Adjacent to the support chip's heatsink you'll find there is a convenient point for picking up the 5V supply for the fan. The silk-screen shows space for a capacitor on the 5V rail. (No capacitor is actually fitted).
If you are aiming to replace the CPU you'll need to use an uprated PSU to meet the increased power drain. I don't know what the current rating of the standard connector is. A couple of sources I found imply that this type/style of connector is typically specified for ~2A. (24W @ 12V). However, as MoMo pointed out to me, the t5730 is supplied with a 50W PSU (~4A). The specs just give an idle power consumption of 17.7-18.8W, and go on to say " The actual power consumption at your location could vary and is dependent on many factors including but not limited to software load on the thin client, attached peripherals, and environmental factors." which is a straight cop-out. They must have sized their standard PSU somehow!
I haven't checked the traces on the PCB to see if they are up to carrying the increased current from the socket. If you are pushing things it may be worth checking to see if it may be better to wire in your new power connections elsewhere on the circuit board.
As shown in the photo MoMo added a 4-pin Molex connector to provide power from his 16A(!) power supply - but he specced that when he was hoping to add a PCI express graphics card (see below).
My connection uses two wires each, for the two positive and two negative rails of the 4-pin Molex connector, soldered to two separate areas of ground, and two positive input voltage trace areas on the main-board of the T5730. Soldering the new connector wires to the main trace patterns of the motherboard, at two separate locations each, for (+) and (-) lines, gives better assurance that the current draw will be evenly distributed to the new connector at each separate wire, without putting stress on the motherboard trace patterns, if only one solder point was used for each rail.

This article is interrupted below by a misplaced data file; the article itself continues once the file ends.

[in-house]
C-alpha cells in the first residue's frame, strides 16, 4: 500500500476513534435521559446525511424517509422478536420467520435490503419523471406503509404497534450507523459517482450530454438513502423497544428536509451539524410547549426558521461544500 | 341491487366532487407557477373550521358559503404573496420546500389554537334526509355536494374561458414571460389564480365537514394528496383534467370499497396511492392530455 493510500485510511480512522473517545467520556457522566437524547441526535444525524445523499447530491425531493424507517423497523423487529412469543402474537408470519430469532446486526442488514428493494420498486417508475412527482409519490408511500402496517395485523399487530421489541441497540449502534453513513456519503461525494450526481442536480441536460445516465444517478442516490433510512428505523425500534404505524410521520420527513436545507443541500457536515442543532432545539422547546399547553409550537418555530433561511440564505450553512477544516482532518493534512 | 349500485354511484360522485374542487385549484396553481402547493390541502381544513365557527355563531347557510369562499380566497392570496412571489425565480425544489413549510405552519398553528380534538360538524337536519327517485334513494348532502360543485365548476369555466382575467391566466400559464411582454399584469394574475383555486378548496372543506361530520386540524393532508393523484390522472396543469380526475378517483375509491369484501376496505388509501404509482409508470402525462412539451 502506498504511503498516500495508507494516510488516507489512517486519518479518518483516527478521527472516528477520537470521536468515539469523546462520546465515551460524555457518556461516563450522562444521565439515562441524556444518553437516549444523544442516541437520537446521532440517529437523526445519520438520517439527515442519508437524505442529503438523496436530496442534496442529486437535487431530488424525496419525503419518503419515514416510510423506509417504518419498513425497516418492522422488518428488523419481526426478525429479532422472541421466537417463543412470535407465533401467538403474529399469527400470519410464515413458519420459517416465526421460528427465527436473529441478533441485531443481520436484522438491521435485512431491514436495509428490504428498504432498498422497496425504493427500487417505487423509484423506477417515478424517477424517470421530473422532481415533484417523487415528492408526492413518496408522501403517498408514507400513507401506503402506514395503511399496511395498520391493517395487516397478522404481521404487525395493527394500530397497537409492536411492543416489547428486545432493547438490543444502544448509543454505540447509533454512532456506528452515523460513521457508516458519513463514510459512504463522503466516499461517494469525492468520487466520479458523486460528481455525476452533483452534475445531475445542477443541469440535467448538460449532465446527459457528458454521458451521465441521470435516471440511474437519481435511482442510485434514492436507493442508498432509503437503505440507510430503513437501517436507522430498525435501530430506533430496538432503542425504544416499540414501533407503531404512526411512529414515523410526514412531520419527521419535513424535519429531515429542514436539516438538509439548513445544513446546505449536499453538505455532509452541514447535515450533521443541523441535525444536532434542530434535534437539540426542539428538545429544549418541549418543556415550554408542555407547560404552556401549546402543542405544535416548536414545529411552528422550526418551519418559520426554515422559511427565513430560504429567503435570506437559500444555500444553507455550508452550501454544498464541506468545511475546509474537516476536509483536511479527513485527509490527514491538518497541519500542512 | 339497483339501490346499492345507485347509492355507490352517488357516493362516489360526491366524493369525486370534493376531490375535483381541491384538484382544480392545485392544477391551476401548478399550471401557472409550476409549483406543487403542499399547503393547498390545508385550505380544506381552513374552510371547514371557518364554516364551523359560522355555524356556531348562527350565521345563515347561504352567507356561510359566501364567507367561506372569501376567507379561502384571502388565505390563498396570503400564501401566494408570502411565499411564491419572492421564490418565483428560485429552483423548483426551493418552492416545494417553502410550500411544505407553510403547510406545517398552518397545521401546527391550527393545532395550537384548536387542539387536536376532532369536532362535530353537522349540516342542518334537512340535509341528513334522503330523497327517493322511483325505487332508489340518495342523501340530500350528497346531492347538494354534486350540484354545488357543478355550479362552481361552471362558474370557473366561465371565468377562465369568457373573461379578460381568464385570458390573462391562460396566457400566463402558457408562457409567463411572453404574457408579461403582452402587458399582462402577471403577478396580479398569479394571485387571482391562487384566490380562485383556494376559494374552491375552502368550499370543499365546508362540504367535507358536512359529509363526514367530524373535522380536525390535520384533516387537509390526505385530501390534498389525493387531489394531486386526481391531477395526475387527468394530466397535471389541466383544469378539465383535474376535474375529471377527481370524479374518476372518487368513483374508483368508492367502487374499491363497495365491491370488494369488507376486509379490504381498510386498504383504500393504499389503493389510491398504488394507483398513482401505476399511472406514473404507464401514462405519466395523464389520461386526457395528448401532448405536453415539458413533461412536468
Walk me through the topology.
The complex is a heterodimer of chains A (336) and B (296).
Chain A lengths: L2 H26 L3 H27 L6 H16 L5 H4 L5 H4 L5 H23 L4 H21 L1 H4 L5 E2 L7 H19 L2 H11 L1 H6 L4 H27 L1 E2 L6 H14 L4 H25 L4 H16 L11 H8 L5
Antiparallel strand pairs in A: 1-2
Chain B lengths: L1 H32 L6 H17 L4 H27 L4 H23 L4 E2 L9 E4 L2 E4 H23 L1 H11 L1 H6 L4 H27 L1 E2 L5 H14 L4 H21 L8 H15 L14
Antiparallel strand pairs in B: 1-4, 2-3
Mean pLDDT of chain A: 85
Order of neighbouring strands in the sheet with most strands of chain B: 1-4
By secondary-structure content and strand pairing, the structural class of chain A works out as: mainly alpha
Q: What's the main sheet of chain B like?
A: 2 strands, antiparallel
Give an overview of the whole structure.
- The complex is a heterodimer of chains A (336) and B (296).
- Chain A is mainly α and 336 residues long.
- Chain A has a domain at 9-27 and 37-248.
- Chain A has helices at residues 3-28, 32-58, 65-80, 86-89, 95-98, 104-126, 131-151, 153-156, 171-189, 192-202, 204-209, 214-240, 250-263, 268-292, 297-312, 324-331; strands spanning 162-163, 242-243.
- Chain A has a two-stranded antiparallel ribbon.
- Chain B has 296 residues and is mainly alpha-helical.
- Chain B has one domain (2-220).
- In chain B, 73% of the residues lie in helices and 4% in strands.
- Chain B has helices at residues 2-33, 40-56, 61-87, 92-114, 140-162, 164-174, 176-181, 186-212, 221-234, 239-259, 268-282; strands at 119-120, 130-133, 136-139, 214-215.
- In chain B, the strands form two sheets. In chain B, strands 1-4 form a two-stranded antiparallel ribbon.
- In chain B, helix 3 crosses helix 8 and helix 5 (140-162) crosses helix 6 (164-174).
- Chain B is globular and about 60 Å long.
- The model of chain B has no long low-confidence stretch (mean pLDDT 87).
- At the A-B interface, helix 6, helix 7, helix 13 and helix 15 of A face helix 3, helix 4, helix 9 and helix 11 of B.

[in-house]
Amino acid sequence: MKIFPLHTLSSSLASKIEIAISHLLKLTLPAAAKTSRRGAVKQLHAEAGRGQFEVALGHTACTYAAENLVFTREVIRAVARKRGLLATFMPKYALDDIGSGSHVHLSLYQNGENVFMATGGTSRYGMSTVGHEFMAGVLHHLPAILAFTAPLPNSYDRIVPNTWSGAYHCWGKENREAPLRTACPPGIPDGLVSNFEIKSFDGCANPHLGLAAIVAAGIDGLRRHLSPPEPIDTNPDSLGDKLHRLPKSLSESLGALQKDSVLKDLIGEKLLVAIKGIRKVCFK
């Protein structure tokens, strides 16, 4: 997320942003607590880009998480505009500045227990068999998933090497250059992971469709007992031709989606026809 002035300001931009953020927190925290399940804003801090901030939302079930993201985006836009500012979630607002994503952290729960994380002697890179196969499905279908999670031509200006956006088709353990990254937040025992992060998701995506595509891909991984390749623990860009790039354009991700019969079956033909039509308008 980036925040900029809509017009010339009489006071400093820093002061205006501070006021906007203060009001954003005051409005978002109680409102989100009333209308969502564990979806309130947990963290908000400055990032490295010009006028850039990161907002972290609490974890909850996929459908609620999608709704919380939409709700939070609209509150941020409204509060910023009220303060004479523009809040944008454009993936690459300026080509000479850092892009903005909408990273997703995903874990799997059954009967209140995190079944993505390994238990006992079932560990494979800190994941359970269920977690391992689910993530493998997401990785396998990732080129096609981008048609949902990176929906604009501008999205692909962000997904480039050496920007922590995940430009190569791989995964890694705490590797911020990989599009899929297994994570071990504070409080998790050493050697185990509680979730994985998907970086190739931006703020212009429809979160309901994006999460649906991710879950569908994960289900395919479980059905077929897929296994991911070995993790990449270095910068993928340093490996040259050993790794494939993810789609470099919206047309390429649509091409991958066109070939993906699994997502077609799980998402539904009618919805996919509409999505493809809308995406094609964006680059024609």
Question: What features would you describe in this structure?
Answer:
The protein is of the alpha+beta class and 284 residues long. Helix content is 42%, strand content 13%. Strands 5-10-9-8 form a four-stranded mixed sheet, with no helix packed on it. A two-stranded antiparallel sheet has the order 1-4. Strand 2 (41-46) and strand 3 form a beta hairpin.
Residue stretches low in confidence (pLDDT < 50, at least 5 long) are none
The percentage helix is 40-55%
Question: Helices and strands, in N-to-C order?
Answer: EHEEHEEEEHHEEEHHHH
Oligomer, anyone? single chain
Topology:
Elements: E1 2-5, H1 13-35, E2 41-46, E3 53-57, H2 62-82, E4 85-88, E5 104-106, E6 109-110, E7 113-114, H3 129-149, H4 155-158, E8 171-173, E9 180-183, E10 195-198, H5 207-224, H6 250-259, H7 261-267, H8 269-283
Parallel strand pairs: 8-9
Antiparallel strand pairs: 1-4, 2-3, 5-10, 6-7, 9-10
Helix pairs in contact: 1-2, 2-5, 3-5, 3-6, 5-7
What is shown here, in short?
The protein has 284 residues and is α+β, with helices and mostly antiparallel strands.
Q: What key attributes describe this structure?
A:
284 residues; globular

As noted in CPU-3 above, Liviu used a standard PC PSU to provide power for his uprated t5730. The 'wire-trick' mentioned is because PSUs these days don't actually switch off. Whilst the PSU powers down the main 12V and 5V supplies, it still provides standby-power to the motherboard. This allows features such as 'wake-on-LAN' to work. The PC's front-panel power switch is no longer switching the mains supply to the PSU but just making a polite request to it to power up (or down). This means you need to insert a link on the main 24-pin connector to replace the computer's power switch if you're trying to use a modern computer PSU in a stand-alone mode.
As you can see from the photo Liviu's power lead picked up the 12V supply from one of the PSUs 4-pin molex connectors.
MoMo also had a play with the RAM.
Also a 2GB 800MHz RAM Module worked: Kingston KTH-ZD8000B/2G 200pin 1.8v SODIMM DDR2. This Kingston memory is listed as a 667MHz part,(CL-5), but the module having the Hynix chip parts seem to be CL-6 and runs at 800MHz. The CPUz program shows the memory bus speed as 400MHz for the Hynix CL-6 part and 300MHz for the module fitted with CL-5 chips.
The Hynix chip part numbers to look for on the module are ... HY5PS1G831C-FP-S6 (The 'FP-S6' shows under the other numbers on that chip) Luckily the part# on each separate chip shows thru the closed module package in one end of the plastic enclosure not covered by the module number sticker label.